In our local diocesan paper this week, in a column written by a member of the clergy, the
pursuit of wealth is once again impugned in favor of the "Golden Rule."
I say "once again" because the pursuit of wealth is a favorite "whipping boy" of the clergy. Time and again materialism, wealth generation, and business in general is castigated from the pulpit.
I have no doubt of the good intentions of the particular column, i.e. encouraging charity, etc. However, it's time our clergy begin to think of some new ways to encourage it without the obligatory swipe at the making of money.
The author contrasts gold with the Golden Rule. In doing so, he equates gold, and the pursuit of gold, with all that is wrong with the world: greed, lust, power, envy...the usual suspects.
I don't have time to do a whole Bible study here, but God commands the use of gold in the making of the tabernacle, the ornamentation of the temple, etc. In Revelations we find Jesus himself in a gold sash, as well as many references to gold. The Church requires that gold, or at least silver, be used for the liturgical vessels, etc.
I don't mean to be disrespectful here, but "Father" is going to be able to eat tonight and sleep in a bed. I don't have the same guarantee. Everyday I must find ways to "find gold" in order that my children can eat and sleep in safety.
The standard reply to my "need for gold" is "fine, as long as it is not excessive". But who get's to decide that? If I go out and buy an expensive house that is bigger than what "I need" or what others think I need, I would be judged, by common clergy standards, as being materialistic.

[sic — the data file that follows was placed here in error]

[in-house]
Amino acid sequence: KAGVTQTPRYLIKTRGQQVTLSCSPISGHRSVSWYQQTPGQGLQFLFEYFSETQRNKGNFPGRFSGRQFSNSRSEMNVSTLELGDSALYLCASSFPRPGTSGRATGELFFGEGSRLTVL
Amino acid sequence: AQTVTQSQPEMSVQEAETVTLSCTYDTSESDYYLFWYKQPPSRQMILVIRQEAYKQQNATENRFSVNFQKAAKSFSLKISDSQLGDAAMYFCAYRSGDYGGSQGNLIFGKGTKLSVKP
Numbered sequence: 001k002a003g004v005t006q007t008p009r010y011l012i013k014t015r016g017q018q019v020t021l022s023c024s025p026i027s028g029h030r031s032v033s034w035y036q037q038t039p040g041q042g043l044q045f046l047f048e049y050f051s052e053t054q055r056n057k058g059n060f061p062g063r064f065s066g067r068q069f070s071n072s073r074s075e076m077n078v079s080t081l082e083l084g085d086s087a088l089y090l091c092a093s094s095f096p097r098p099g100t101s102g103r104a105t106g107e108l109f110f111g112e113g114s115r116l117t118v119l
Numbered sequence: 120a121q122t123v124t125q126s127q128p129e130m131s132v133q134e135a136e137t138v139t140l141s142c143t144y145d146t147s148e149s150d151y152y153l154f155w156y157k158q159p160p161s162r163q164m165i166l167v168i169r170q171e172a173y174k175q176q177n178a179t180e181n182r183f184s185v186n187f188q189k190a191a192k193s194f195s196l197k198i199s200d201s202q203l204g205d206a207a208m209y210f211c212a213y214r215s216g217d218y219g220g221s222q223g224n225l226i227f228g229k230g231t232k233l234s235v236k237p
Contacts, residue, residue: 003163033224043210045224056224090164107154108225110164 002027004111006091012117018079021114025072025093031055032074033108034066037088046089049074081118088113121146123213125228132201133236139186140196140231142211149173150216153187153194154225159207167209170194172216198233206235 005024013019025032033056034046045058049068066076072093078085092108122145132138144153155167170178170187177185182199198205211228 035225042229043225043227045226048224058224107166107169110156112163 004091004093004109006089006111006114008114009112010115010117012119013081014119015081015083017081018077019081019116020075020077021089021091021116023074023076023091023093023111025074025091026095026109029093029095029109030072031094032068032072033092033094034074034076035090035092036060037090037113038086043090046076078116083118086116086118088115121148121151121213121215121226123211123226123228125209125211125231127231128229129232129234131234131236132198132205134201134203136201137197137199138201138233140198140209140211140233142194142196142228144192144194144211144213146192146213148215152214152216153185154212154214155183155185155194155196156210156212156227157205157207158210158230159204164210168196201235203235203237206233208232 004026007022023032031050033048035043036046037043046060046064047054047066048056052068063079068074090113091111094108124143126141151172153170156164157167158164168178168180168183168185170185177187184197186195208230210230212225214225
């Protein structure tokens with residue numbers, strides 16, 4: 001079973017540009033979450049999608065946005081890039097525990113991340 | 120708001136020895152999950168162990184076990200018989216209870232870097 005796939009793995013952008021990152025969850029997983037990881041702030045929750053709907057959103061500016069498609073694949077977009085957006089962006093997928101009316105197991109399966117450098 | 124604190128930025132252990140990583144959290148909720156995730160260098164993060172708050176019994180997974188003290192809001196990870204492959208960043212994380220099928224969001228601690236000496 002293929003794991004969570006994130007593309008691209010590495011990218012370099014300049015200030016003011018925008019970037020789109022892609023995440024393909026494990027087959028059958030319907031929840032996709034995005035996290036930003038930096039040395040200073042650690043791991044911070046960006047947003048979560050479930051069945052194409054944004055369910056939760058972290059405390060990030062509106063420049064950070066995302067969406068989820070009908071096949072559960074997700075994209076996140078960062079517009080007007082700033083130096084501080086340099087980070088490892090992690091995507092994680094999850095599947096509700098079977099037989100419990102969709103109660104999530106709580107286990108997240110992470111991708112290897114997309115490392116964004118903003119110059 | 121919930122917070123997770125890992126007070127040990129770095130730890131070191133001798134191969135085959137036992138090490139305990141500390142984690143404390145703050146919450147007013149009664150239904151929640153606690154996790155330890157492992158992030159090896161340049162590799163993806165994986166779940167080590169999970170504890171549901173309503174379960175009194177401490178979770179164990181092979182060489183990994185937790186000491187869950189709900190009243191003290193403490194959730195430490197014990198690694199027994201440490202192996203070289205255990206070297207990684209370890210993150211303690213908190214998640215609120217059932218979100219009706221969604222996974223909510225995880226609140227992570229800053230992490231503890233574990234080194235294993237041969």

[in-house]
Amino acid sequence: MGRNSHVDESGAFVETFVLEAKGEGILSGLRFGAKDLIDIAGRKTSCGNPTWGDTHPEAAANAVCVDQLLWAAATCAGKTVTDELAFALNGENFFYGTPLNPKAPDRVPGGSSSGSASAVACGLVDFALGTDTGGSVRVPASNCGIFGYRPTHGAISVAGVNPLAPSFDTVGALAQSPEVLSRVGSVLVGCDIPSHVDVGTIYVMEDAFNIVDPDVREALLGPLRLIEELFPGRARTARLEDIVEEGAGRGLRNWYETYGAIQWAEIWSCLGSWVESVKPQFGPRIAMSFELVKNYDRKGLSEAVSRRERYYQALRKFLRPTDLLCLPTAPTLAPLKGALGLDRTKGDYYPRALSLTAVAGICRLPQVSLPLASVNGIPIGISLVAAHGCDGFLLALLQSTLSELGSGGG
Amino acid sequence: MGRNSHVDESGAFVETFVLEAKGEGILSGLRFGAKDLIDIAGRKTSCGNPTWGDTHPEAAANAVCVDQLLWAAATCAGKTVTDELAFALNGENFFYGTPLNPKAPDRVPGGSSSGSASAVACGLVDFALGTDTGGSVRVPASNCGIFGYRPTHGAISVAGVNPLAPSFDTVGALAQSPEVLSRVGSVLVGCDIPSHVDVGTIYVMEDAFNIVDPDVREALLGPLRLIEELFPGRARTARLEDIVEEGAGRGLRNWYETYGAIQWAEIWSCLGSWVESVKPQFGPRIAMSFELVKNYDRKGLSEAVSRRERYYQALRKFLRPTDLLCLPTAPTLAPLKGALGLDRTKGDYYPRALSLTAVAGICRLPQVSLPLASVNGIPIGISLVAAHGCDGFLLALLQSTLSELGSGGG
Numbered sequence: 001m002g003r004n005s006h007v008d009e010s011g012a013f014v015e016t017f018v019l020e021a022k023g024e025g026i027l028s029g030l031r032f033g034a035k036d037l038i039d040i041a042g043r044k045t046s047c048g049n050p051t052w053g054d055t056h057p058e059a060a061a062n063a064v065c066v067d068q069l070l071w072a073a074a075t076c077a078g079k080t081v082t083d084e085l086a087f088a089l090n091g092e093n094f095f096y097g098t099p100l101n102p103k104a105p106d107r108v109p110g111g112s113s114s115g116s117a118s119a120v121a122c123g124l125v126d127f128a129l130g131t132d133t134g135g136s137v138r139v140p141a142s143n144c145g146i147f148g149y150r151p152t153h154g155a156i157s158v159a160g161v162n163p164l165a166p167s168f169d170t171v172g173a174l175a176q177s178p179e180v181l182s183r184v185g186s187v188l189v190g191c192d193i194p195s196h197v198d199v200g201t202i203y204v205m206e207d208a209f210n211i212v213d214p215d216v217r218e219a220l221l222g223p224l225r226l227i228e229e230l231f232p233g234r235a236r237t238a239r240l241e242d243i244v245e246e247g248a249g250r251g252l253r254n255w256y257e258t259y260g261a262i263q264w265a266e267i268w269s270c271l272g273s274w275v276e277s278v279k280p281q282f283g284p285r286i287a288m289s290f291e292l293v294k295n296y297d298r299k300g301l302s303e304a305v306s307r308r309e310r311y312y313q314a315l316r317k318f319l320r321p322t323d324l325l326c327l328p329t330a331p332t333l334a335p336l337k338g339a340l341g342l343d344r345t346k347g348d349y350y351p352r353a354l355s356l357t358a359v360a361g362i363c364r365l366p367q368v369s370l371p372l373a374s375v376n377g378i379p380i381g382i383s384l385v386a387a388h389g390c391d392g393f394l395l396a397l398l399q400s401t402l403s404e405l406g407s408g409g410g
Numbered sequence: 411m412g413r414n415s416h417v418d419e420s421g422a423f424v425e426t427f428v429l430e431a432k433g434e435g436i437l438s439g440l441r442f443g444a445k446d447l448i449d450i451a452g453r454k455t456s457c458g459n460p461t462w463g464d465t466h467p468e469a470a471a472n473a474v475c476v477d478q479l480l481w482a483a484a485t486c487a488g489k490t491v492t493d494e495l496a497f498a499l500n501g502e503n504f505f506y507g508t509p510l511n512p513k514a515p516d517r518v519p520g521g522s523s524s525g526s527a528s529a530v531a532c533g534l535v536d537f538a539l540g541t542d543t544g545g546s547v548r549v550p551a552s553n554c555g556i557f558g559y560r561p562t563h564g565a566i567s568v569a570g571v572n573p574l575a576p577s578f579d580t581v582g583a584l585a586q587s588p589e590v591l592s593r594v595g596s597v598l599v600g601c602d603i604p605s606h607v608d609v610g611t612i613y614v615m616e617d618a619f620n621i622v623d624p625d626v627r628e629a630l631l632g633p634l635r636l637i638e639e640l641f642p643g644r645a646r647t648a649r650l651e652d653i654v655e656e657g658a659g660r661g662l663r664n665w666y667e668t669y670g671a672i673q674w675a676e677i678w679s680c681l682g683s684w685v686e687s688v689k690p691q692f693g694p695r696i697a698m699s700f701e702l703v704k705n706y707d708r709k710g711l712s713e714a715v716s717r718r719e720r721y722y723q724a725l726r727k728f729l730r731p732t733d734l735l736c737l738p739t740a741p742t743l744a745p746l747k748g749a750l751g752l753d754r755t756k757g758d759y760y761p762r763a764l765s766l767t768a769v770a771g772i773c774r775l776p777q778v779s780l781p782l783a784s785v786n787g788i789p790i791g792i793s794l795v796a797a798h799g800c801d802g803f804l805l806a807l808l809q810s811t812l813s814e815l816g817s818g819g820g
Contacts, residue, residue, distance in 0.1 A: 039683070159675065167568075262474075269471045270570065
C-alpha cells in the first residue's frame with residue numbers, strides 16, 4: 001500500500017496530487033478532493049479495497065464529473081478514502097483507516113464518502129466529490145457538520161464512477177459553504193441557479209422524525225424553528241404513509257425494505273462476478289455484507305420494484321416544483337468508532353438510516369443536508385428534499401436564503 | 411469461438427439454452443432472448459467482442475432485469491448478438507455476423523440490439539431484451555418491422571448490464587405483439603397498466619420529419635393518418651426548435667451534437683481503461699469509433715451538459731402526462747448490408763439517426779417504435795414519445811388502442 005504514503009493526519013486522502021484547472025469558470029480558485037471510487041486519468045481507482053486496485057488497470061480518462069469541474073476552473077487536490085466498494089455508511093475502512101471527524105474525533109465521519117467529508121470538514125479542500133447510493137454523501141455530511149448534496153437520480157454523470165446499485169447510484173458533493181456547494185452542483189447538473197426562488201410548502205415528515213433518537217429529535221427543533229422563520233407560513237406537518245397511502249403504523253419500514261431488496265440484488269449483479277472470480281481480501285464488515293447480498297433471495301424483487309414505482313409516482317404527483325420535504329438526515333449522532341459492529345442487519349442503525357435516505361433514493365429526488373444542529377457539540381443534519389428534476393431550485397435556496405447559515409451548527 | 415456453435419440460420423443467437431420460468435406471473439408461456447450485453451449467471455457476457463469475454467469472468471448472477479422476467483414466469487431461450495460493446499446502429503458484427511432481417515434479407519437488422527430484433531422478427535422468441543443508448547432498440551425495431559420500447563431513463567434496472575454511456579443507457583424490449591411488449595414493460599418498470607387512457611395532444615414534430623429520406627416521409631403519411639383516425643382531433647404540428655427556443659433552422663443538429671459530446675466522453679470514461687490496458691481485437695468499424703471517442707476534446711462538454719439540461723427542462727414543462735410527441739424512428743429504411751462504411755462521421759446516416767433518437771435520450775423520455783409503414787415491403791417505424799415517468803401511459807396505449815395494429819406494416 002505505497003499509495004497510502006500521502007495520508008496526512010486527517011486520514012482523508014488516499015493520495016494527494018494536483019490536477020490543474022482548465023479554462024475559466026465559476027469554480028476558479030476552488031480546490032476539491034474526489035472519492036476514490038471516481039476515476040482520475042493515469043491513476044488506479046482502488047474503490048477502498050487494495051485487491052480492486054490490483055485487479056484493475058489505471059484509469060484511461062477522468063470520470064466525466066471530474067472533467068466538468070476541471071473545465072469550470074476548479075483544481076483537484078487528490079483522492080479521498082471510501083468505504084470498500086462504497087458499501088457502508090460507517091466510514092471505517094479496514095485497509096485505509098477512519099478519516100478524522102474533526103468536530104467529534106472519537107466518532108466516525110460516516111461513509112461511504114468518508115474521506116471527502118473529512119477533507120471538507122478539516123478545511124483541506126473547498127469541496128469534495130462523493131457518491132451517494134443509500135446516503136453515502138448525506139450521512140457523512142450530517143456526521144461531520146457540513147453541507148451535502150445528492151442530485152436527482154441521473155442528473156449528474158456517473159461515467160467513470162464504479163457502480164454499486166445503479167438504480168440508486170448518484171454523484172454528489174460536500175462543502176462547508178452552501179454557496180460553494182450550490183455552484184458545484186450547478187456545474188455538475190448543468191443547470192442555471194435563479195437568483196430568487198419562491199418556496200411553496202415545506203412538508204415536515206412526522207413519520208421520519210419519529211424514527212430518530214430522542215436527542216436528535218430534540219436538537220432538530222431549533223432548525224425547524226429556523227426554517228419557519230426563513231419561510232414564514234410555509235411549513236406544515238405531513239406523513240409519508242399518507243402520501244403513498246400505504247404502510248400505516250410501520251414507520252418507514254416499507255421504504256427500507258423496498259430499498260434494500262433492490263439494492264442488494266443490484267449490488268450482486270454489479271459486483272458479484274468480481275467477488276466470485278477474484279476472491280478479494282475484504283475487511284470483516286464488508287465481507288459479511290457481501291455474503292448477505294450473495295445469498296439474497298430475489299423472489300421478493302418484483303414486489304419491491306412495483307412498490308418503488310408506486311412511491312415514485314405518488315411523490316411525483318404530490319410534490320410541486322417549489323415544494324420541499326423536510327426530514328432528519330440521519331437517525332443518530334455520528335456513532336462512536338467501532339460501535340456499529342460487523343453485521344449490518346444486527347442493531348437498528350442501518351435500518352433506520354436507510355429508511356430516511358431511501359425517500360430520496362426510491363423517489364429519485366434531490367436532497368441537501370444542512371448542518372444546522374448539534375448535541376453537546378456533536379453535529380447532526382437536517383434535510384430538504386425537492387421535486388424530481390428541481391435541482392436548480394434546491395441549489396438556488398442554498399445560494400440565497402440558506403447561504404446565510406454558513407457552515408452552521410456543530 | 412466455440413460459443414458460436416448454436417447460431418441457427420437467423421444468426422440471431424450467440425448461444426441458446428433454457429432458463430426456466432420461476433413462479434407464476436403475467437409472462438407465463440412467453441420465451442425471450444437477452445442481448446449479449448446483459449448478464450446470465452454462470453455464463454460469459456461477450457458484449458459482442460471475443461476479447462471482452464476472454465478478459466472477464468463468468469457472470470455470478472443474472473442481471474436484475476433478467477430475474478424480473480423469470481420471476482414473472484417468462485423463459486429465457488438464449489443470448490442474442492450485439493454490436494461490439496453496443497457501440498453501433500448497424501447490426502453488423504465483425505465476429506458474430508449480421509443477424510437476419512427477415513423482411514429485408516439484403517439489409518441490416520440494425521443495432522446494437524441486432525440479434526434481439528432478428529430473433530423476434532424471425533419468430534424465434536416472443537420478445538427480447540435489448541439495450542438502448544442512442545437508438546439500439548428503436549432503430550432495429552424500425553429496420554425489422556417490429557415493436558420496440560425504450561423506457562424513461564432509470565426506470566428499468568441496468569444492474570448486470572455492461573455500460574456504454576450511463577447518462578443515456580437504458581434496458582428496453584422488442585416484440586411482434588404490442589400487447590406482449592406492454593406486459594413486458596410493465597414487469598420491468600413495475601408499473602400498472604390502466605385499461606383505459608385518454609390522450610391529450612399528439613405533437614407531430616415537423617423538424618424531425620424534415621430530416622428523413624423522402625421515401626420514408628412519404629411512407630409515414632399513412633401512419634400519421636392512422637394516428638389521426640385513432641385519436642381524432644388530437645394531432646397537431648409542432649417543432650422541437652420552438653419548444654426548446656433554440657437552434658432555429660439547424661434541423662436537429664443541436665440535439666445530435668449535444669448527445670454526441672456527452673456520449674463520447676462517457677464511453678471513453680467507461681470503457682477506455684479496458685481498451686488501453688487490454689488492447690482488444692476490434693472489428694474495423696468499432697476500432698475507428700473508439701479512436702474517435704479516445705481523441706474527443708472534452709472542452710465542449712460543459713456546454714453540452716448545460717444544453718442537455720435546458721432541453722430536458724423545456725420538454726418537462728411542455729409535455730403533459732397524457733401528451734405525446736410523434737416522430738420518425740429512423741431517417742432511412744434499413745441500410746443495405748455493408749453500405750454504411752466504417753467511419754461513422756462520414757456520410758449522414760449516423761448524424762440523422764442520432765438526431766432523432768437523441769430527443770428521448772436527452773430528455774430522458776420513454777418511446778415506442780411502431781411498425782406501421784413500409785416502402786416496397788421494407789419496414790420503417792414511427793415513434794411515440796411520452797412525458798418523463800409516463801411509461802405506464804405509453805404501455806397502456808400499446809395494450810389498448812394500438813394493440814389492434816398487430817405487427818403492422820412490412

But how many people got to feed their families because I bought a house, regardless of whether or not it is what I need or not? How many people worked on that house and got paid because someone was going to buy that house? How about the people who may be hired to keep up the house and the yard? I could go on.
What amazes me most is that despite the tongue lashing the business community gets at Mass on a regular basis, the business community is the first people pastors will go to when they need something that costs money.
Let's stop the hypocrisy and the assumptions. On a material level, many of the clergy live better than we lay folks do. They have a place to stay, guaranteed meals, health insurance, and some degree of retirement security. Most of us have none of that, especially those of us who have children, lots of children.
Again, I understand Father's intention. But really, it's time to find another way of elevating charity other than demeaning those of us who must "pursue gold" every day.